The NYTimes today reports on a new Army uniform. The focus mostly is on the use of Velcro to attach name tags and insignia and the end of dry cleaning. (Seamstresses and dry cleaners did good business around Army bases.) But buried in the piece is the move from spit-shined leather boots to "tan 'desert boots' made of suede and synthetic materials."
So no more spit shines in the Army. Even 40 years ago, the leather boots were challenged. Once you got to Vietnam, you very quickly learned that the "in" thing were the jungle combat boots, which had leather toes and heels, but canvas uppers--the idea being if you were in the boonies and wading through water you wanted the water to drain from the boots, not stay inside and help you get jungle rot. They were also significantly lighter. The boots were scarce, first being issued to the advisers and Special Forces, then to combat troops. But naturally they popped up on the black market and REMF's like me got their hands on them.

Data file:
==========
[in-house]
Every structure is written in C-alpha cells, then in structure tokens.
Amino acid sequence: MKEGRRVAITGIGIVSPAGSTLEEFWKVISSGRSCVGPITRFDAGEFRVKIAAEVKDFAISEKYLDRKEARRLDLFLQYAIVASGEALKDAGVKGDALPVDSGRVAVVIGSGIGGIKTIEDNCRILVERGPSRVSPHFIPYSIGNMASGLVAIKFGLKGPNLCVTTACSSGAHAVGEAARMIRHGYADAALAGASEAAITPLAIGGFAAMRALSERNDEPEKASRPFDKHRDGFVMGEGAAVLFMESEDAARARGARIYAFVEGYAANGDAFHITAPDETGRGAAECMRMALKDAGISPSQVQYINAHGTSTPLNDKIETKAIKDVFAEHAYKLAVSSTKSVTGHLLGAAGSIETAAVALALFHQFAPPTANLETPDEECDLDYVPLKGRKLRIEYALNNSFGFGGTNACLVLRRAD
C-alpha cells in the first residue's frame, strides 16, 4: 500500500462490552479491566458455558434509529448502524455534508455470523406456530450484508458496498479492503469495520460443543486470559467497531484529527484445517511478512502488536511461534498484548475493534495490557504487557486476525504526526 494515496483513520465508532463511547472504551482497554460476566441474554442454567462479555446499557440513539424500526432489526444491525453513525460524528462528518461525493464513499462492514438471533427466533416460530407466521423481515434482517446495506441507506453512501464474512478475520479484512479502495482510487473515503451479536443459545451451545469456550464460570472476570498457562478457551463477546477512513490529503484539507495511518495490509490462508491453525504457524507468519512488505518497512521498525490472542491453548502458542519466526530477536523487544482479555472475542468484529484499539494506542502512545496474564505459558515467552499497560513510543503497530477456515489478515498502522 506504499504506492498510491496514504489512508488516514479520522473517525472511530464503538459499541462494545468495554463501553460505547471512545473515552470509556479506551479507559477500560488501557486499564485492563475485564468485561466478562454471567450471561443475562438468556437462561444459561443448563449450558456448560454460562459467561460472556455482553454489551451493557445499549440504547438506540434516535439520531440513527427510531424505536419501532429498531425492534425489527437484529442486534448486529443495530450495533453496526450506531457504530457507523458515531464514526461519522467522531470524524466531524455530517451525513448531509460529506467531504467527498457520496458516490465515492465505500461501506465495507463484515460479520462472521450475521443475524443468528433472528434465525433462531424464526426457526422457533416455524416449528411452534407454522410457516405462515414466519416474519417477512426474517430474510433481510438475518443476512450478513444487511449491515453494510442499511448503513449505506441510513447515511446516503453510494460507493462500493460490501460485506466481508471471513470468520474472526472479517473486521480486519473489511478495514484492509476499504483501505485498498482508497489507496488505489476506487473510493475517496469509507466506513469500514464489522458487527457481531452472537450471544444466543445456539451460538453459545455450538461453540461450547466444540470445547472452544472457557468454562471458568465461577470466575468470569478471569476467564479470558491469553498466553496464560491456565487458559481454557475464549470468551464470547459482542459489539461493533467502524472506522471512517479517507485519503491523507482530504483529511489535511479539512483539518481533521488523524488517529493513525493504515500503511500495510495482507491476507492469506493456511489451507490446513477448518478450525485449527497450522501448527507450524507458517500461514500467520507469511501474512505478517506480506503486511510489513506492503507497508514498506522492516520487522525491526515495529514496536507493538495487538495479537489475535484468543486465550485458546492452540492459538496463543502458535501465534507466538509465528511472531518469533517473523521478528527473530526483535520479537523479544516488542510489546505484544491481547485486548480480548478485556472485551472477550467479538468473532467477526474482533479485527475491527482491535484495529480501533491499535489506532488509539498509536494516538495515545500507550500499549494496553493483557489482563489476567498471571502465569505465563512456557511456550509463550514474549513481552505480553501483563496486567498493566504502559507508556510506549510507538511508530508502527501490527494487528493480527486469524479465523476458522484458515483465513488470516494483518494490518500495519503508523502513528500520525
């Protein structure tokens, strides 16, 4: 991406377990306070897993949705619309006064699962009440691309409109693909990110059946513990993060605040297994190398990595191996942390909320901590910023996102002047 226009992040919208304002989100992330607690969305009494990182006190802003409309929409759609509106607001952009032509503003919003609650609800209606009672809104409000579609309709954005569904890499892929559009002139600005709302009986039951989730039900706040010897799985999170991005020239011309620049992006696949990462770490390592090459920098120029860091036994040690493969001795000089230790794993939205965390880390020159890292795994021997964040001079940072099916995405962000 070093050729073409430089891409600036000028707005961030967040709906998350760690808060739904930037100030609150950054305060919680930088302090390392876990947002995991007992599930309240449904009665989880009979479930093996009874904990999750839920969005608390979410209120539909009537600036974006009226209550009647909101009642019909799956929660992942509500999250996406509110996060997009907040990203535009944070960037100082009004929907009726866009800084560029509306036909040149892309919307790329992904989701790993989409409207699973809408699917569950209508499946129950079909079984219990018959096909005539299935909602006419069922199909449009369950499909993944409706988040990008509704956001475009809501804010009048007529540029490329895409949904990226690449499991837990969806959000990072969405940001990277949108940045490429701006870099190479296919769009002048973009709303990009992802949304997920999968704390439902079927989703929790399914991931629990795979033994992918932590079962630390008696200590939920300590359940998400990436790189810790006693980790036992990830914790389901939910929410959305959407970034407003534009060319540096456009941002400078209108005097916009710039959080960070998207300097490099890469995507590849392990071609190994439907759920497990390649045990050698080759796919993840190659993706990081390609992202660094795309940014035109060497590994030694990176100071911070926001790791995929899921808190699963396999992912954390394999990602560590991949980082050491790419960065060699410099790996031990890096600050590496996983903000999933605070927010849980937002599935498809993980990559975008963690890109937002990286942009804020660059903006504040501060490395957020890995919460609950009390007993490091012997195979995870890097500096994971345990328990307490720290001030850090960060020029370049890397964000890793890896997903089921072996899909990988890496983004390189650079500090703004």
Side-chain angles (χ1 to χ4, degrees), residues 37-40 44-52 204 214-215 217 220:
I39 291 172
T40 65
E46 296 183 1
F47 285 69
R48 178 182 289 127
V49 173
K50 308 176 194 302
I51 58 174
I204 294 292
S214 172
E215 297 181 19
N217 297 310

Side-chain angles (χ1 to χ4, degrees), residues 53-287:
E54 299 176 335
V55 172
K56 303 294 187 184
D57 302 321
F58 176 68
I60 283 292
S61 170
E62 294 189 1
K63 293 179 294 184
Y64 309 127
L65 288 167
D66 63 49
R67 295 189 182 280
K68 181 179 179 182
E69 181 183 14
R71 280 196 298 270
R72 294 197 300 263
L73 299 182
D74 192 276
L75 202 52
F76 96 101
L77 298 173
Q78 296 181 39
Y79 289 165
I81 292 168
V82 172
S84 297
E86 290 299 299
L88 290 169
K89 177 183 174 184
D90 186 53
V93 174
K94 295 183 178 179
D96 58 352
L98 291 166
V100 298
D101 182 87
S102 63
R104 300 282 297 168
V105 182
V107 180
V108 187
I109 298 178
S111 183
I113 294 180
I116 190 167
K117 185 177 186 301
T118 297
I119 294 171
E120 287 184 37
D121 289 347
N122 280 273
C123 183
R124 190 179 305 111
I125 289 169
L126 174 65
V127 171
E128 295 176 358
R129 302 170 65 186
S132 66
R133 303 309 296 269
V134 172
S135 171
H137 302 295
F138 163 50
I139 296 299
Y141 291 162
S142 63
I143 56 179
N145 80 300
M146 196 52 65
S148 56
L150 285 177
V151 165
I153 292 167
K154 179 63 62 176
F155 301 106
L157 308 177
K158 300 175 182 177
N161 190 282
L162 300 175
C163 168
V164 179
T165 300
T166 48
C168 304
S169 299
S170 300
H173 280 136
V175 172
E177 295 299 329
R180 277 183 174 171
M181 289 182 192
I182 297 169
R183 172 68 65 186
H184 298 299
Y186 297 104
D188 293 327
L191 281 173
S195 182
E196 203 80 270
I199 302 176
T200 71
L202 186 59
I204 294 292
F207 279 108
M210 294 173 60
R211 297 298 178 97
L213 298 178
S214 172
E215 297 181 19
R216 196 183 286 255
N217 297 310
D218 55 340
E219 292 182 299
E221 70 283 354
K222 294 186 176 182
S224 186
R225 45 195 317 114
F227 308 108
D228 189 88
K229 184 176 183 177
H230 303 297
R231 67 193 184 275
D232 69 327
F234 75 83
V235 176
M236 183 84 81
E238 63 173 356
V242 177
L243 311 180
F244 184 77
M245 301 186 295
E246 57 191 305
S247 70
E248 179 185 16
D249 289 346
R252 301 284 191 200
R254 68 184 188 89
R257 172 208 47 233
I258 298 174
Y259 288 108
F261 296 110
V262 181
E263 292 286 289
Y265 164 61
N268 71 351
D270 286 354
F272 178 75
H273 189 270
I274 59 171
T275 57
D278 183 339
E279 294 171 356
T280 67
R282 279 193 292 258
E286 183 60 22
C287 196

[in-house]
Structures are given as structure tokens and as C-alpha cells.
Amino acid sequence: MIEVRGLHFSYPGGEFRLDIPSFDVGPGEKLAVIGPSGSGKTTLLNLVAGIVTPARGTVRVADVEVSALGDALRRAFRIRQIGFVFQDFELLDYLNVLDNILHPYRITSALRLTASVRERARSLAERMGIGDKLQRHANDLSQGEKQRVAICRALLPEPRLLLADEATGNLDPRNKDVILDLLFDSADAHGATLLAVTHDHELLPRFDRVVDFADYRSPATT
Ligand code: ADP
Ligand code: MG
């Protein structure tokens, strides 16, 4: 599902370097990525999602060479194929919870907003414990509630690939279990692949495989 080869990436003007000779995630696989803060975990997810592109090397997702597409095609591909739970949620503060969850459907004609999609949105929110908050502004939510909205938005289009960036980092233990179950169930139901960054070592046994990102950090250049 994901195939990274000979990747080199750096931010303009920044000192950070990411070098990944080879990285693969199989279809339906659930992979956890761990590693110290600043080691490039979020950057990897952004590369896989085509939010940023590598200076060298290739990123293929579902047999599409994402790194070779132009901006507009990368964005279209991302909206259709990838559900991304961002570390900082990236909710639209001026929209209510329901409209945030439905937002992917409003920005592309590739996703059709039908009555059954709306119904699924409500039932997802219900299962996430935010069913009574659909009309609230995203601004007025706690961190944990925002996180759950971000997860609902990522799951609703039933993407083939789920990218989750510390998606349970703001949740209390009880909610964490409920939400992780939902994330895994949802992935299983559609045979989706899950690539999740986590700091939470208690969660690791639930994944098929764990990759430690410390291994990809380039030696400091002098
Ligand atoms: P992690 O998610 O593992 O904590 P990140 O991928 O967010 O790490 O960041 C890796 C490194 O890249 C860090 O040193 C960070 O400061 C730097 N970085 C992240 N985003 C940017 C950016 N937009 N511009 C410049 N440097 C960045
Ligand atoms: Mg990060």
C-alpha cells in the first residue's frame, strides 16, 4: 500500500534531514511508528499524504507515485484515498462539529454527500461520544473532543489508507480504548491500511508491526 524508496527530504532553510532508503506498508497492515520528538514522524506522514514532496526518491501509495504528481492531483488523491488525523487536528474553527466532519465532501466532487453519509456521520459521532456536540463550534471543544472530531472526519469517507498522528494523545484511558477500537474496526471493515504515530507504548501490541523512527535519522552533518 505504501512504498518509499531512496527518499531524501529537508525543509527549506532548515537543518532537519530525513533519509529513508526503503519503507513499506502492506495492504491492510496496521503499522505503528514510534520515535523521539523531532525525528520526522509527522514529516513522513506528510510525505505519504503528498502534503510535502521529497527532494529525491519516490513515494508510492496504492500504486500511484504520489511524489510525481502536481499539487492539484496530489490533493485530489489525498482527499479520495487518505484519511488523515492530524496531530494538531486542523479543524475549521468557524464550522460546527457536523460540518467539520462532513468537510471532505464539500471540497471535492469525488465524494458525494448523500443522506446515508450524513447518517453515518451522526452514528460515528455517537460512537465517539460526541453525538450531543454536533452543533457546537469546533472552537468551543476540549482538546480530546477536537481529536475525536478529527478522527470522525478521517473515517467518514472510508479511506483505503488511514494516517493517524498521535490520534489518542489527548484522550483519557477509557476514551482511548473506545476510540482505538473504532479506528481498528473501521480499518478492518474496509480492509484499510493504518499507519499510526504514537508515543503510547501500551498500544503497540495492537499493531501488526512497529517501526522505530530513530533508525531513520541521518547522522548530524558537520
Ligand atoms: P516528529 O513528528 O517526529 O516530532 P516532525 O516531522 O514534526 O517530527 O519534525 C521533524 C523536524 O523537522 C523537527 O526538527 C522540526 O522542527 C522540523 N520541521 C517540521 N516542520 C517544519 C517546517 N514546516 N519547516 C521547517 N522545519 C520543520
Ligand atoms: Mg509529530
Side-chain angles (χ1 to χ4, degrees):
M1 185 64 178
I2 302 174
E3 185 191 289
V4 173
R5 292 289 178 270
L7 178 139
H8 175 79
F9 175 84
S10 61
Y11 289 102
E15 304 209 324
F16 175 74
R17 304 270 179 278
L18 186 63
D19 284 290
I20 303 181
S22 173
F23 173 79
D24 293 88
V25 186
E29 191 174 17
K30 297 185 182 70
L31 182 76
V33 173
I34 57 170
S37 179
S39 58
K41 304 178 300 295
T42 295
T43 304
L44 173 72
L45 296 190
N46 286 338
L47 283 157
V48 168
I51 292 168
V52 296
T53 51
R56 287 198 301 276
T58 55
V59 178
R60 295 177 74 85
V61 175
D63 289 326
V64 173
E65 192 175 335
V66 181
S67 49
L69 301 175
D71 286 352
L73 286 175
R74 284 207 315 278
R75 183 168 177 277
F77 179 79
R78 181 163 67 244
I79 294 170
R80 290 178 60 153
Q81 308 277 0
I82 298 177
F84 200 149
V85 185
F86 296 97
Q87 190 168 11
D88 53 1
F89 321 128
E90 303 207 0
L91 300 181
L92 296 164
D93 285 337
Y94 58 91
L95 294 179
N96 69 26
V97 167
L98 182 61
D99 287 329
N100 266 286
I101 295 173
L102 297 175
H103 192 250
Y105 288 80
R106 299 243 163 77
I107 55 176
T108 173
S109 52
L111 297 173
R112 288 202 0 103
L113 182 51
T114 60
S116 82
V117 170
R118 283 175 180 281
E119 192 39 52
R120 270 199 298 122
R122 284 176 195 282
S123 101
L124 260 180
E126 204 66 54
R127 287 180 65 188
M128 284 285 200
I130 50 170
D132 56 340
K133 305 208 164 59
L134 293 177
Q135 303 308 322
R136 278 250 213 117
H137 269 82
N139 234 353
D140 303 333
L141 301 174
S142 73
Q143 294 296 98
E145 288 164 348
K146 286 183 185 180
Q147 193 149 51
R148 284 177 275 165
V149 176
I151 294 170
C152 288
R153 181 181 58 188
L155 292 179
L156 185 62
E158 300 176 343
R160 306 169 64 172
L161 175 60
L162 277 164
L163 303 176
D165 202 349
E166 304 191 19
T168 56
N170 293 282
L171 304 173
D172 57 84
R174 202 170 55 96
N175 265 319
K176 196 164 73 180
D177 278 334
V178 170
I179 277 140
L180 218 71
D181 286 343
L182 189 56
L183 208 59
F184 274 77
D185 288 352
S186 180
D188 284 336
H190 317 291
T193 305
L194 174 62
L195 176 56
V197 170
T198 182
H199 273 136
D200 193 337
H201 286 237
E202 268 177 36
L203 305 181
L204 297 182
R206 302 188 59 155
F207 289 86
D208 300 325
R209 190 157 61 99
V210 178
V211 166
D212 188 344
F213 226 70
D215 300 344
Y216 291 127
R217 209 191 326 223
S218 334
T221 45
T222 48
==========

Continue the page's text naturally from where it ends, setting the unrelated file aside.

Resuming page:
But no more spit shines? If I remember, the initial hurdles for this recruit were making the bed and shining the shoes. The bed I mastered after a few tries. (I hadn't formulated Harshaw's law then--I'm a slow learner.) The shoes were more of a challenge. Never did get a great shine.
Virginia Postrel has an article on beauty in the Atlantic I skimmed--quotes researchers saying that female beauty ties to fertility and vigor (i.e., hormonal levels, etc.). So too spit shined shoes were a signal to the training sergeants of one's capacity and/or willingness to adapt to the Army's ways. It's a loss.